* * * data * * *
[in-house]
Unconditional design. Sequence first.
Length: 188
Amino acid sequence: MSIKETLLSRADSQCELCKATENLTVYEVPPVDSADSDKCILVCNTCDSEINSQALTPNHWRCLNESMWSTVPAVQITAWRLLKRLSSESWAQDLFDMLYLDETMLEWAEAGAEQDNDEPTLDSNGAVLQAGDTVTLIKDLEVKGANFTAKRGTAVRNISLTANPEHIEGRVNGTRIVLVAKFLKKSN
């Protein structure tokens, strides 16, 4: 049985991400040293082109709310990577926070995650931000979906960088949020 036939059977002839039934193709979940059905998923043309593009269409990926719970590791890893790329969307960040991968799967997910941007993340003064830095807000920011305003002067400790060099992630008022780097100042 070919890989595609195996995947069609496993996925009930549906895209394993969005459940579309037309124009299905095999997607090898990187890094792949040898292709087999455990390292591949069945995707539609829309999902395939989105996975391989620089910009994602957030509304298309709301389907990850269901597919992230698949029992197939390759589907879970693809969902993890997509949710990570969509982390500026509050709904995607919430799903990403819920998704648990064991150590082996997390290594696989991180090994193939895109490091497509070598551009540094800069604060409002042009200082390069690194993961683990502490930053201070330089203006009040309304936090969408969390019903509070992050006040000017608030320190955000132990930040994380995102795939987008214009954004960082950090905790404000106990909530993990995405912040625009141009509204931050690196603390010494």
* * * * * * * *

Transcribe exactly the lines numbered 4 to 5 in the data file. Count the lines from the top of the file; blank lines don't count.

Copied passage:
Amino acid sequence: MSIKETLLSRADSQCELCKATENLTVYEVPPVDSADSDKCILVCNTCDSEINSQALTPNHWRCLNESMWSTVPAVQITAWRLLKRLSSESWAQDLFDMLYLDETMLEWAEAGAEQDNDEPTLDSNGAVLQAGDTVTLIKDLEVKGANFTAKRGTAVRNISLTANPEHIEGRVNGTRIVLVAKFLKKSN
């Protein structure tokens, strides 16, 4: 049985991400040293082109709310990577926070995650931000979906960088949020 036939059977002839039934193709979940059905998923043309593009269409990926719970590791890893790329969307960040991968799967997910941007993340003064830095807000920011305003002067400790060099992630008022780097100042 070919890989595609195996995947069609496993996925009930549906895209394993969005459940579309037309124009299905095999997607090898990187890094792949040898292709087999455990390292591949069945995707539609829309999902395939989105996975391989620089910009994602957030509304298309709301389907990850269901597919992230698949029992197939390759589907879970693809969902993890997509949710990570969509982390500026509050709904995607919430799903990403819920998704648990064991150590082996997390290594696989991180090994193939895109490091497509070598551009540094800069604060409002042009200082390069690194993961683990502490930053201070330089203006009040309304936090969408969390019903509070992050006040000017608030320190955000132990930040994380995102795939987008214009954004960082950090905790404000106990909530993990995405912040625009141009509204931050690196603390010494």